“Asexual” as a Pejorative

A little while ago, I was googling aimlessly and stumbled upon this little gem of a blog post, wherein the author tries to insult Barack Obama by calling him asexual. I laughed. It’s almost precious, isn’t it? The feeble attempt to smear him using a word that she doesn’t even know the definition of… I can hardly imagine that a grown woman wrote this. I feel like I’m reading something written by a catty fourteen-year-old girl, except about politicians instead of her classmates. If that’s all the McCain camp can come up with, well. That’s pretty sad.

I don’t know about you guys, but if Obama really were asexual, that’d make me more likely to vote for him, not less. After all, if he’s not distracted by scandalous sexual affairs, then theoretically he’d be more likely to actually get some work done.

But still. It got me thinking about non-asexuals using the word “asexual” as an insult—a pretty rare phenomena, but one that may gradually become more common as awareness of asexuality spreads. Obviously, it’s not something we want to happen, but to some extent it’s inevitable. Rather than getting upset about it, we should take advantage at least of the fact that people are now starting to mention asexuality, by listening to what they say and learning what they think it means, and why they think it’s bad.

With this particular example, the closest approximation I can come up with for what this person thinks asexuality is, is some form of emasculation, possibly an intersex condition or the state of being a eunuch, or maybe just impotence in general. Maybe she thought she was coining a term herself, or maybe she’s heard of asexuality before and is just severely misguided about its definition. Either way, asexuality here is conflated with gender. Why?

Well, apparently for men, gender identity is closely connected with virility. Because if you’re not interested in sex, guys, then you must be a woman. (Right, cause that makes so much sense… and WHY EXACTLY is it an insult to call a man woman-like anyway, hmmm???) There’s something wrong with you, you’re not fulfilling your proper societal role, which I guess is to be horny all the time. (Whereas women are supposed to be… what, exactly? She can’t be implying that women are asexual, can she? Maybe they are supposed to be gossipy and shallow.)

Here we see a very definite sexual-normative prejudice as well as a distinct anti-homosexual bias. She may be too batty to make much of an impact, but that’s basically the kind of attitude we’re up against. Coming from someone more mainstream, it could very well hurt the community.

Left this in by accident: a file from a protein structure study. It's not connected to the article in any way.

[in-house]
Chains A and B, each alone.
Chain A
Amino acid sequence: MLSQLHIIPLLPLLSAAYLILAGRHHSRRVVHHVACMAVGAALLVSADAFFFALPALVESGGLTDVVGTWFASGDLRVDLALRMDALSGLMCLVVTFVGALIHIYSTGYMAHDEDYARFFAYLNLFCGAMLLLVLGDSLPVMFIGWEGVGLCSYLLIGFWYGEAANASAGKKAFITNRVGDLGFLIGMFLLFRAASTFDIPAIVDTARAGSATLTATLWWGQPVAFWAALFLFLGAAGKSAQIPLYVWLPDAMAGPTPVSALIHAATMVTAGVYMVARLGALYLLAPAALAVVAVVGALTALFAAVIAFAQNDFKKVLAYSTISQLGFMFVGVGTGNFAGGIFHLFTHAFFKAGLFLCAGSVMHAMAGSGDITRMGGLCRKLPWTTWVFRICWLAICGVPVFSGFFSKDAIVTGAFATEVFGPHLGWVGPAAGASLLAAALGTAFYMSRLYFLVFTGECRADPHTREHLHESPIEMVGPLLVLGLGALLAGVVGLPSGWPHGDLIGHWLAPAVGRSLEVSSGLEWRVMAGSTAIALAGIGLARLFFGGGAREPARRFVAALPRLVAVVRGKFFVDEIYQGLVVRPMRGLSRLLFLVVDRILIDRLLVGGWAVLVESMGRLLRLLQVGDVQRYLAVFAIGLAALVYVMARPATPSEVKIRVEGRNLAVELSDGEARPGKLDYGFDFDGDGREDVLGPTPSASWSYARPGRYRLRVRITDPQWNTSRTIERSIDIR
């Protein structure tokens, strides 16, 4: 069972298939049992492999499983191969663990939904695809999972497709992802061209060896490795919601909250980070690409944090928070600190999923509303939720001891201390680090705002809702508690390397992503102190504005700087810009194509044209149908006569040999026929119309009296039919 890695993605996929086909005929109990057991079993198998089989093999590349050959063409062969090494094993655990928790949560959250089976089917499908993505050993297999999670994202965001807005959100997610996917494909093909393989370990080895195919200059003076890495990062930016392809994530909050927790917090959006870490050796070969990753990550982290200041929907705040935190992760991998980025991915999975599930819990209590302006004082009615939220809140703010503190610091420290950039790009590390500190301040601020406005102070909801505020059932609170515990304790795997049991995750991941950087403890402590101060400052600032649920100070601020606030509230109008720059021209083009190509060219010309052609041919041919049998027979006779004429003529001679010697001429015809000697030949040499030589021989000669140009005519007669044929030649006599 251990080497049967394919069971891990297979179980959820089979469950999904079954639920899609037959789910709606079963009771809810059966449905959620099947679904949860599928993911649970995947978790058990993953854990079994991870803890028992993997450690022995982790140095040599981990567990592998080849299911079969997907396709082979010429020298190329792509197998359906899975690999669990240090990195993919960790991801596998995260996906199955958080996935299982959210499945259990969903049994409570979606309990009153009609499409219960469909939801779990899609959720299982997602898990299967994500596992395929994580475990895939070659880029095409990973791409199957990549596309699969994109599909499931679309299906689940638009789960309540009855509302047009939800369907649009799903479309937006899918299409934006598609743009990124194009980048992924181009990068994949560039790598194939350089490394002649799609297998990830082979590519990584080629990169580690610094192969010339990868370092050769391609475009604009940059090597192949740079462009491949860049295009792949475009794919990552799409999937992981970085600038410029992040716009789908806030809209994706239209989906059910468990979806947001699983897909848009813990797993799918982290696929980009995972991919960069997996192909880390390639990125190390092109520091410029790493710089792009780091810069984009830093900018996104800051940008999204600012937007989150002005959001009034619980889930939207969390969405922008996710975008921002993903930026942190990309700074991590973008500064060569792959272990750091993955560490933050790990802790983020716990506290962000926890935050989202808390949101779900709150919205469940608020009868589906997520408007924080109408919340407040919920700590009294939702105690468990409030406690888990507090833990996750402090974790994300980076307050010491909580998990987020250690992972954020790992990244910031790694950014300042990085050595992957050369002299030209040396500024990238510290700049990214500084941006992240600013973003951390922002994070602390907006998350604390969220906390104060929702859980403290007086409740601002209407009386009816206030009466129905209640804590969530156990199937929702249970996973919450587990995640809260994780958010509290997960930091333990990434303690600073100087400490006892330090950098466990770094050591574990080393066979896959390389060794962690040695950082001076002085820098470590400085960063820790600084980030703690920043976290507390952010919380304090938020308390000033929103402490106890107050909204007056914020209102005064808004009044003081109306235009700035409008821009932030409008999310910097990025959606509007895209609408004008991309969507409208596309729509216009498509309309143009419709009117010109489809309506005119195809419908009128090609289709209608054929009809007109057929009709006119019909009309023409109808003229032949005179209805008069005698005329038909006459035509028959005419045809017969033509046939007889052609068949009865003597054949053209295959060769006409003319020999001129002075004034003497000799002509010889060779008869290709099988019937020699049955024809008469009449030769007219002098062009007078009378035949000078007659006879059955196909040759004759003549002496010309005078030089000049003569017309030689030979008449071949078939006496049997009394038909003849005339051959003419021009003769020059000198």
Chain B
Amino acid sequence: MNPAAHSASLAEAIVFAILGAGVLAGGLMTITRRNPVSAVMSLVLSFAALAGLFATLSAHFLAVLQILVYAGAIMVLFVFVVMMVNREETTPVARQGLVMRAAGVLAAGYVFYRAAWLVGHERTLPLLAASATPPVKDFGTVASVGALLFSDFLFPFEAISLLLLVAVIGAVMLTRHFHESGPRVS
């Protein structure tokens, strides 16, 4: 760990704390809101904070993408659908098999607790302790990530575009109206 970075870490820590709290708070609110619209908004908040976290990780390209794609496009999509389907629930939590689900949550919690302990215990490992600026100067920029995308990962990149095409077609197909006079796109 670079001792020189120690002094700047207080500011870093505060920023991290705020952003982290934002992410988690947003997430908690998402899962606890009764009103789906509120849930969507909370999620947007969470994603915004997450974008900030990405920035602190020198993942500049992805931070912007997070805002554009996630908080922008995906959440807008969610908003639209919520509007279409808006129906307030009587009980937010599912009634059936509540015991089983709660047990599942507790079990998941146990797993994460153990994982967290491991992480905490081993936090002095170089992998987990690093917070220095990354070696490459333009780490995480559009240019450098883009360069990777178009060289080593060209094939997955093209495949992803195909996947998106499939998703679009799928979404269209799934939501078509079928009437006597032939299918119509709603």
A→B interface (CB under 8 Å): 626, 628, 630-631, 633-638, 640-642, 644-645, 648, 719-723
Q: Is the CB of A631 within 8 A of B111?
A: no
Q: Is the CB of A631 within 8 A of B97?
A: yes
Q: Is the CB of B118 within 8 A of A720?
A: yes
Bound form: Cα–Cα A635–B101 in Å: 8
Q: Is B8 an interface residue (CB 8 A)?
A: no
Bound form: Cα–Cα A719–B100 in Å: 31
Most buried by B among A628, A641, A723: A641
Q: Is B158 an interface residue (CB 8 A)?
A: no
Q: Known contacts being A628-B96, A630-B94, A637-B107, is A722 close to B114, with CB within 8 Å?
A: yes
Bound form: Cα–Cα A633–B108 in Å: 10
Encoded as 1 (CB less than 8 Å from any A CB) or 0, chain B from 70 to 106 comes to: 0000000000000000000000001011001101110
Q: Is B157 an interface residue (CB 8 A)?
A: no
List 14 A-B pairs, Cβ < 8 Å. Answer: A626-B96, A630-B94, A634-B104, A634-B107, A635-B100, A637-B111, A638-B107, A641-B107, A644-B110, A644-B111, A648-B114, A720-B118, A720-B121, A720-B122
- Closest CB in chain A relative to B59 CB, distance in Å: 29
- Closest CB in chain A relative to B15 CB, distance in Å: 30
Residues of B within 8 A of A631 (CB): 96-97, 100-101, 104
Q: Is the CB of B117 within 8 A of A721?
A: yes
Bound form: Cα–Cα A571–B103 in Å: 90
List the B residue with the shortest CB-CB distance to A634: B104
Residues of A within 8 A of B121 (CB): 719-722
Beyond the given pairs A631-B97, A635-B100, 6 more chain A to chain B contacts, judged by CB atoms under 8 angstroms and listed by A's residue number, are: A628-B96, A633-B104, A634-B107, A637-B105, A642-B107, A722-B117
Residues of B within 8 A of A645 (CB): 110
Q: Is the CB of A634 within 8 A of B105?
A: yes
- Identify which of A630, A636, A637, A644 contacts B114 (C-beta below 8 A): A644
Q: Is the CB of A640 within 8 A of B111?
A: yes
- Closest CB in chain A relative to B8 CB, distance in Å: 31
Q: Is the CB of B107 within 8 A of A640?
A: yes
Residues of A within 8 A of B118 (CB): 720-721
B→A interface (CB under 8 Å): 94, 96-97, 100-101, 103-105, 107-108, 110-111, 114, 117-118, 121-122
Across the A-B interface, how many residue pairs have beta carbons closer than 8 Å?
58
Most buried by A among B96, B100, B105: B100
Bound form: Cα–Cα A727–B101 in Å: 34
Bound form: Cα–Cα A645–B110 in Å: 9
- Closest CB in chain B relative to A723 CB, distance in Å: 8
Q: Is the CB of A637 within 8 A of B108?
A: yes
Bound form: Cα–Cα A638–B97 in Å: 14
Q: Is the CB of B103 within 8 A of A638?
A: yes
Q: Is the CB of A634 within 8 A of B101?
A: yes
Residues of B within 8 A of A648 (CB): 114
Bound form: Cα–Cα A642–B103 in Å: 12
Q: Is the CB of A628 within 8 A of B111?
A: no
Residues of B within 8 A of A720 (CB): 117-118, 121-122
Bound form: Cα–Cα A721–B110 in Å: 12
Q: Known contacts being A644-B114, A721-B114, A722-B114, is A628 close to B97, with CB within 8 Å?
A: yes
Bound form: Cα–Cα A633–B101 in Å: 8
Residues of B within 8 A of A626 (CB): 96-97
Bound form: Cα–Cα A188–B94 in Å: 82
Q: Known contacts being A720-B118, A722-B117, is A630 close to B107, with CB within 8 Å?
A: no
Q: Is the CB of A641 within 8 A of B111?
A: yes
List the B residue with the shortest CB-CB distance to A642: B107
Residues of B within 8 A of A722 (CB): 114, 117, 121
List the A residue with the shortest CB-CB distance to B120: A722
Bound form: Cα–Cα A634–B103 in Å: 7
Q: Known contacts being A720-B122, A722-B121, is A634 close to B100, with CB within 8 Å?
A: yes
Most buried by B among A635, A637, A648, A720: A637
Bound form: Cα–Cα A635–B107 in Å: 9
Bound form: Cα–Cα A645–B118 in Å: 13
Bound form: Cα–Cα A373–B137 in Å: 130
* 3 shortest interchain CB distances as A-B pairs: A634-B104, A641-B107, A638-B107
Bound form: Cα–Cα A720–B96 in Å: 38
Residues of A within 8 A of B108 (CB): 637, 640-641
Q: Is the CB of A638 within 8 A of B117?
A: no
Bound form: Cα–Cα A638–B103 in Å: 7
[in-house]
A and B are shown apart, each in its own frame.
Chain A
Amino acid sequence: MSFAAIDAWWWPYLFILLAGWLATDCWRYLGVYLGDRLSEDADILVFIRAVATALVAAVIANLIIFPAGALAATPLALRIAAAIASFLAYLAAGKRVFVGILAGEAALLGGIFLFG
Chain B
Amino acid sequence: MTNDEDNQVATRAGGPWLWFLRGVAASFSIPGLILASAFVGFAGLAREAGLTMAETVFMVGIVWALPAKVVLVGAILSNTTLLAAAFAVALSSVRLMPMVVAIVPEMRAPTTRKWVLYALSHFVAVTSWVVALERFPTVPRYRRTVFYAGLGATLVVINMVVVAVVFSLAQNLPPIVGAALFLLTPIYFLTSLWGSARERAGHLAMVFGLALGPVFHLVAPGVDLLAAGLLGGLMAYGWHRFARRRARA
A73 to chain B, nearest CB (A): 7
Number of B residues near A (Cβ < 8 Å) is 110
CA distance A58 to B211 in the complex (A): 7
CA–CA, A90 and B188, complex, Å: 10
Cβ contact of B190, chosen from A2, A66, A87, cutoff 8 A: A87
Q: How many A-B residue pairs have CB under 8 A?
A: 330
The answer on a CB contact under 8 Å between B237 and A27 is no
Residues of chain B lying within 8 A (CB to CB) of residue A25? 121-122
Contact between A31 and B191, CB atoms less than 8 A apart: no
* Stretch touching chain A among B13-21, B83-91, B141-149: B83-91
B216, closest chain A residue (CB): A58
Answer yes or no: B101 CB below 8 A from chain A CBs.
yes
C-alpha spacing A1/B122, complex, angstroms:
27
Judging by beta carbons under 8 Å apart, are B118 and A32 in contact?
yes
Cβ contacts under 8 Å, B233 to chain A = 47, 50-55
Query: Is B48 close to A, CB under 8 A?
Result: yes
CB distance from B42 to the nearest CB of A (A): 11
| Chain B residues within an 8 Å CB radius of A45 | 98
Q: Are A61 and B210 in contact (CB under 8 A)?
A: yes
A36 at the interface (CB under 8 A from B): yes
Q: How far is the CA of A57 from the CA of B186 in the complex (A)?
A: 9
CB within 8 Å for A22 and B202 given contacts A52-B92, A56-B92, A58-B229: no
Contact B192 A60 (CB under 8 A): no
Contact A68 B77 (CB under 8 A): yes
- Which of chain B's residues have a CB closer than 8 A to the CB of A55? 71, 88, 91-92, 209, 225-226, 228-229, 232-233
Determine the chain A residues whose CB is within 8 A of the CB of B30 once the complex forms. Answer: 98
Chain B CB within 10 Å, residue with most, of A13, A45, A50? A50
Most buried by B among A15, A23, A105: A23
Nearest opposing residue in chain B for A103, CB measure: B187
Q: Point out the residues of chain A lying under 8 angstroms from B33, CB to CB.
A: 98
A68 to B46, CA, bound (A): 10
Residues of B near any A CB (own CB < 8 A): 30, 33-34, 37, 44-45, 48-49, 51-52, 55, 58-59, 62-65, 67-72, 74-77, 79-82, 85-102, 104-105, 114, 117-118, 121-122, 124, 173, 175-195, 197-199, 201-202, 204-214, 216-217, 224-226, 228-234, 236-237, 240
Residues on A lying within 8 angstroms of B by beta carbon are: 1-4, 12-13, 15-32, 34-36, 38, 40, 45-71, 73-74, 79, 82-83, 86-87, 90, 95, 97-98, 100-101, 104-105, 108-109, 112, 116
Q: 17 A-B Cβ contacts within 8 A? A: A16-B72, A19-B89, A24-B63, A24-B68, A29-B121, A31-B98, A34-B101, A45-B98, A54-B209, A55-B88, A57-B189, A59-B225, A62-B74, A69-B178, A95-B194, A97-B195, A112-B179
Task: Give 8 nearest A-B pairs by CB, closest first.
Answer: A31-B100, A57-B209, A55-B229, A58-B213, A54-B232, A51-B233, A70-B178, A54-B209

So I’m trying to think, now, of any other time I’ve heard “asexual” used as an insult. The only thing I can come up with is an episode of House from season four, during the survivor arc, wherein one of the contestants complains about Ridiculously Old Fraud’s favor with House. I remember it because after it aired, M (obnoxiously) pointed out that “they bashed asexuals!” With a little help from the saved convo and ctrl + find, I was able to find the exact quote (the episode, btw, is “Guardian Angels”):

“Why does he get to be Bosley?”
“You want to be Bosley? Bosley’s like the asexual messenger boy.”

But other than that… I can’t think of any other times I’ve heard “asexual” used as a pejorative. Of course I’ve heard people imply that it’s bad, but not specifically use it as an insult. If any of you guys can think of any other times when you’ve heard it used that way, please do comment, because I’d love to get a better idea of why these people think it’s insulting! Plus it’s always amusing to see people try to make an insult out of a label we wear proudly. ;)

Positive Metaphors: Chandelier Culture

This post has been a long time coming. I first thought of this, oh, maybe last February? Possibly late January. At the time, though, I was much too busy with school to pursue the idea further, but I’ve been turning it over in my mind since then. Now, I’m finally ready to share.

I believe the asexual community, as a community that has sprung up around a negatively-defined orientation that is considered unthinkable by the larger community, suffers from a negative conceptualization. In plainer English, because we spend so much time trying to explain ourselves (and hopefully legitimize ourselves) to the rest of the world, and because in doing so we focus so much on what we lack compared with them, we are often put in a precariously defensive position. We have to keep saying, over and over again, “No, there is nothing wrong with us. We’re fine the way we are.”

Yet a lot of the metaphors that we use to explain asexuality would seem to contradict that, which weakens our position. Actually, I don’t think I have ever even heard of a positive metaphor for asexuality (granted, I haven’t lurked on AVEN or Apositive in quite a while, so I may have missed something, but…). They all focus on something that we lack, and of course, there is really no way around that because after all, it is a negatively defined orientation. But what I want to point out is, in grasping for an easy way to explain asexuality to sexual people, I think a lot of times we come up with overly simplistic, somewhat inaccurate figurative speech that, rather than making things clearer, actually obscures the meaning we intend to convey. Continue reading